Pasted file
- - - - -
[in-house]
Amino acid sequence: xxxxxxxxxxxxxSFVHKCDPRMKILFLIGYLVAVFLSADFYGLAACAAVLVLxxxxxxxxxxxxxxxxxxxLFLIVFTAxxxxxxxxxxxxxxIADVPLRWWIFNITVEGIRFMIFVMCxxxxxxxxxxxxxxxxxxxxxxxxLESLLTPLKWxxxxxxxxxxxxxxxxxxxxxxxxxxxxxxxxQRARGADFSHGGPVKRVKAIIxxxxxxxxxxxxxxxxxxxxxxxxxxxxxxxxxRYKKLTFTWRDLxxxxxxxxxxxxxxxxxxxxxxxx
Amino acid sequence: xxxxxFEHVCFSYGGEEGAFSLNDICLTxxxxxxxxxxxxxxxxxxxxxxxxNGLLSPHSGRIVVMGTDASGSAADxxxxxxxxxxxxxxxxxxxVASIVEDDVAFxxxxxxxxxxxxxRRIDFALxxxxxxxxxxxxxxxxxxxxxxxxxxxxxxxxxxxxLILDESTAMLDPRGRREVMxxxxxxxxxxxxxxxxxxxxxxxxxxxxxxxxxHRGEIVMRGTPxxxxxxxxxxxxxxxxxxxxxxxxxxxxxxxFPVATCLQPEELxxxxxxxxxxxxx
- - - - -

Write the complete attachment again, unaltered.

[in-house]
Amino acid sequence: xxxxxxxxxxxxxSFVHKCDPRMKILFLIGYLVAVFLSADFYGLAACAAVLVLxxxxxxxxxxxxxxxxxxxLFLIVFTAxxxxxxxxxxxxxxIADVPLRWWIFNITVEGIRFMIFVMCxxxxxxxxxxxxxxxxxxxxxxxxLESLLTPLKWxxxxxxxxxxxxxxxxxxxxxxxxxxxxxxxxQRARGADFSHGGPVKRVKAIIxxxxxxxxxxxxxxxxxxxxxxxxxxxxxxxxxRYKKLTFTWRDLxxxxxxxxxxxxxxxxxxxxxxxx
Amino acid sequence: xxxxxFEHVCFSYGGEEGAFSLNDICLTxxxxxxxxxxxxxxxxxxxxxxxxNGLLSPHSGRIVVMGTDASGSAADxxxxxxxxxxxxxxxxxxxVASIVEDDVAFxxxxxxxxxxxxxRRIDFALxxxxxxxxxxxxxxxxxxxxxxxxxxxxxxxxxxxxLILDESTAMLDPRGRREVMxxxxxxxxxxxxxxxxxxxxxxxxxxxxxxxxxHRGEIVMRGTPxxxxxxxxxxxxxxxxxxxxxxxxxxxxxxxFPVATCLQPEELxxxxxxxxxxxxx